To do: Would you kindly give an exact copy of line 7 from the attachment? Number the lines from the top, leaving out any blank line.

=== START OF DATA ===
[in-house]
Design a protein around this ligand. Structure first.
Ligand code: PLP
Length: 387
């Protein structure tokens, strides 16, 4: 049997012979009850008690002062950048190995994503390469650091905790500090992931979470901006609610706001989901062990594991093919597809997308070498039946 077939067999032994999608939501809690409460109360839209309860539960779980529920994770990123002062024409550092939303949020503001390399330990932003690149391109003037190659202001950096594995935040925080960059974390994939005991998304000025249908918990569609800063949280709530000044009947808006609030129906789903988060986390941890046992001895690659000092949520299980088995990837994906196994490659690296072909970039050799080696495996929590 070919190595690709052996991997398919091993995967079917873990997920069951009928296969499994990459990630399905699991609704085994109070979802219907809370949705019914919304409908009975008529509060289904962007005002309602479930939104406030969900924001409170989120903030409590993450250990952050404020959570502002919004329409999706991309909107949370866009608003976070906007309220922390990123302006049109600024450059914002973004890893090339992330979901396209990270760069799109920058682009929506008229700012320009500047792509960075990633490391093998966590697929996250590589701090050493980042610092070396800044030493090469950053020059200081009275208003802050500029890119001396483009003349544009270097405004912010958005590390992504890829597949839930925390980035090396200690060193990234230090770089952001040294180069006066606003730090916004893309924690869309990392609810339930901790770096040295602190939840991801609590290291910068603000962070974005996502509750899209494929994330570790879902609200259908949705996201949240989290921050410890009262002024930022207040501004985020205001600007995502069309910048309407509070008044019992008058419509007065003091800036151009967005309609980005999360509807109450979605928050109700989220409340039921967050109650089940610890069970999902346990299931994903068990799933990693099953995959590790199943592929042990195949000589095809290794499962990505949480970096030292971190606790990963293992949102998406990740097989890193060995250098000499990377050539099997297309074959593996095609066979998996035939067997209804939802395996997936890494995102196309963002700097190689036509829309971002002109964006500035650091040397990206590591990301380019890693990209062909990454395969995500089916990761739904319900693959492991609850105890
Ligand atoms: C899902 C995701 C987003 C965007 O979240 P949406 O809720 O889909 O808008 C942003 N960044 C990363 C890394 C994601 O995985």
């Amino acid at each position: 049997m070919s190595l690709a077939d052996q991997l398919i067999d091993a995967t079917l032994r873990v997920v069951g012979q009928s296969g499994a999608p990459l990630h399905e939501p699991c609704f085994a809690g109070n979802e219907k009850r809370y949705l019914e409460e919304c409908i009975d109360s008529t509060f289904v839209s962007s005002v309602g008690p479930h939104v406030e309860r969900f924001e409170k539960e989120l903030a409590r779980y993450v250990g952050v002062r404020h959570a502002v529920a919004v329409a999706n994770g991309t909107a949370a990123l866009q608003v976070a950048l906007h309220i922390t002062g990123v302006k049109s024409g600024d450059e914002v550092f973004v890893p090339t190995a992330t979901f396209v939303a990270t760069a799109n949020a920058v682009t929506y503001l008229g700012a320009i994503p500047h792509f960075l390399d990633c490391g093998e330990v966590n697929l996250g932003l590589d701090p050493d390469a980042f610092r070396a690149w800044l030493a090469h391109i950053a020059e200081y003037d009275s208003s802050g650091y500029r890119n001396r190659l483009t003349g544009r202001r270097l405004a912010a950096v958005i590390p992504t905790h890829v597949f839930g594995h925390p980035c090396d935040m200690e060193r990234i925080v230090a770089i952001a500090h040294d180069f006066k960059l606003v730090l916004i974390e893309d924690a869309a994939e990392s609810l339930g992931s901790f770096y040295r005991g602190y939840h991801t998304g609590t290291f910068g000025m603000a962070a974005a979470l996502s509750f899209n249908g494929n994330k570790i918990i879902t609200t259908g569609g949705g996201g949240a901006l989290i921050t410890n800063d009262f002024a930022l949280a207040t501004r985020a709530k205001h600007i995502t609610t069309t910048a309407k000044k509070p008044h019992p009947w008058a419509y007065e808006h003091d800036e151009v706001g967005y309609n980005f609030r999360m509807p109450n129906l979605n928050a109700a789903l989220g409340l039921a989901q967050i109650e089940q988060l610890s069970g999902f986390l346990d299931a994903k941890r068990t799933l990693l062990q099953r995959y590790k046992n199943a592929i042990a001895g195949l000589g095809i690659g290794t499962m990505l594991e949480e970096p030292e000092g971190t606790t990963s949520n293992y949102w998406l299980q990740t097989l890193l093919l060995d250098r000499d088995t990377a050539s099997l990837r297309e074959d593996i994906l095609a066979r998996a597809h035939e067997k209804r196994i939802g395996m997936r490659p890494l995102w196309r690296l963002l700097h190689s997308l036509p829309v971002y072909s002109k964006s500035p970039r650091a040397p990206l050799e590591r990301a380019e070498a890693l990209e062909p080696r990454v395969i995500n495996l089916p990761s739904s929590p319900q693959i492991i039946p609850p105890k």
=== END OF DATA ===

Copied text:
């Amino acid at each position: 049997m070919s190595l690709a077939d052996q991997l398919i067999d091993a995967t079917l032994r873990v997920v069951g012979q009928s296969g499994a999608p990459l990630h399905e939501p699991c609704f085994a809690g109070n979802e219907k009850r809370y949705l019914e409460e919304c409908i009975d109360s008529t509060f289904v839209s962007s005002v309602g008690p479930h939104v406030e309860r969900f924001e409170k539960e989120l903030a409590r779980y993450v250990g952050v002062r404020h959570a502002v529920a919004v329409a999706n994770g991309t909107a949370a990123l866009q608003v976070a950048l906007h309220i922390t002062g990123v302006k049109s024409g600024d450059e914002v550092f973004v890893p090339t190995a992330t979901f396209v939303a990270t760069a799109n949020a920058v682009t929506y503001l008229g700012a320009i994503p500047h792509f960075l390399d990633c490391g093998e330990v966590n697929l996250g932003l590589d701090p050493d390469a980042f610092r070396a690149w800044l030493a090469h391109i950053a020059e200081y003037d009275s208003s802050g650091y500029r890119n001396r190659l483009t003349g544009r202001r270097l405004a912010a950096v958005i590390p992504t905790h890829v597949f839930g594995h925390p980035c090396d935040m200690e060193r990234i925080v230090a770089i952001a500090h040294d180069f006066k960059l606003v730090l916004i974390e893309d924690a869309a994939e990392s609810l339930g992931s901790f770096y040295r005991g602190y939840h991801t998304g609590t290291f910068g000025m603000a962070a974005a979470l996502s509750f899209n249908g494929n994330k570790i918990i879902t609200t259908g569609g949705g996201g949240a901006l989290i921050t410890n800063d009262f002024a930022l949280a207040t501004r985020a709530k205001h600007i995502t609610t069309t910048a309407k000044k509070p008044h019992p009947w008058a419509y007065e808006h003091d800036e151009v706001g967005y309609n980005f609030r999360m509807p109450n129906l979605n928050a109700a789903l989220g409340l039921a989901q967050i109650e089940q988060l610890s069970g999902f986390l346990d299931a994903k941890r068990t799933l990693l062990q099953r995959y590790k046992n199943a592929i042990a001895g195949l000589g095809i690659g290794t499962m990505l594991e949480e970096p030292e000092g971190t606790t990963s949520n293992y949102w998406l299980q990740t097989l890193l093919l060995d250098r000499d088995t990377a050539s099997l990837r297309e074959d593996i994906l095609a066979r998996a597809h035939e067997k209804r196994i939802g395996m997936r490659p890494l995102w196309r690296l963002l700097h190689s997308l036509p829309v971002y072909s002109k964006s500035p970039r650091a040397p990206l050799e590591r990301a380019e070498a890693l990209e062909p080696r990454v395969i995500n495996l089916p990761s739904s929590p319900q693959i492991i039946p609850p105890k």